Colchester lathe bits

Anyone know where to get 'em?

specifically, the tool for loosening the chuck retaining ring (giant C-spanner, I assume) and the internal parts for the drum brake.

for a Mk1 student.

I bought a set of NOS jaws for the Pratt burnerd 8" 3-jaw, which failed to stop it running off-centre. can't see anything wrong with the chuck body and mechanism, and the chuck body runs true. more or less solved by gripping a large ex-bearing race on the outside steps of the jaws and then running a carbide boring tool down the resultant "hole" in the middle. It now runs more or less true.

Is this normal practice, or should I look in more detail at the internals of the chuck?

Reply to
Austin Shackles
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Pretty close to normal.

Accept that a 3 jaw chuck is not normally a precision instrument, a couple thou runout is about normal.

You can improve things a bit if you work with one size commonly, by setting up your jaws so that you are tightening them, then boring the working faces of the jaws to the size of your stock, or using a toolpost grinder.

Of course this means setting the jaws as near to the size of the stock as you can, first, to minimise the amount of material taken off.

There are sets of assorted size washers sold for the purpose, to be held between the three jaws, at the back, while working on the front part of the jaw. Some use spacers between the jaws, others have drilled holes for pins on the outer face of the jaws and used those pins to grip a ring, similar to what you did, but squeezing inward.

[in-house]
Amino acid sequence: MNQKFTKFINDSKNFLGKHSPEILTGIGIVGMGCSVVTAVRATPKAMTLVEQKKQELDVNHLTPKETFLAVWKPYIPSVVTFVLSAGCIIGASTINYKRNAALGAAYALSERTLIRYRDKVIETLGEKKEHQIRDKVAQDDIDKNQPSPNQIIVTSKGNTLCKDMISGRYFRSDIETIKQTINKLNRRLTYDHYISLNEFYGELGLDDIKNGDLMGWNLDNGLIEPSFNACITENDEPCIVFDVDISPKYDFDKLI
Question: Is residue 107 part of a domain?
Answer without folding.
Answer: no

Because the scroll wears more in the areas it is used the most, the accuracy will vary with different diameter work anyway, so you can either work around it, or set it up to get acceptable accuracy for a size that you commonly work with.

If the jaws are two piece, you can get or make soft jaw tops for them.

Cheers Trevor Jones

Reply to
Trevor Jones

Hi Austin, I said at the time that your were buying your Student make sure you get that big C spanner and any other bits. Regards. Ben

Reply to


When I had a Student, I forged mine from a length of 3/4" rebar, and case hardened the 'tooth' - worked fine on two Students over about 15 years.


Reply to
Andrew Mawson

On or around Mon, 6 Nov 2006 20:17:44 -0000, "Ben" enlightened us thusly:

heh. the spanner wasn't available, unfortunately. Mind, judging from the look of it, others have employed the "big hammer" method before me, and I at least use a bronze drift on it.

Reply to
Austin Shackles

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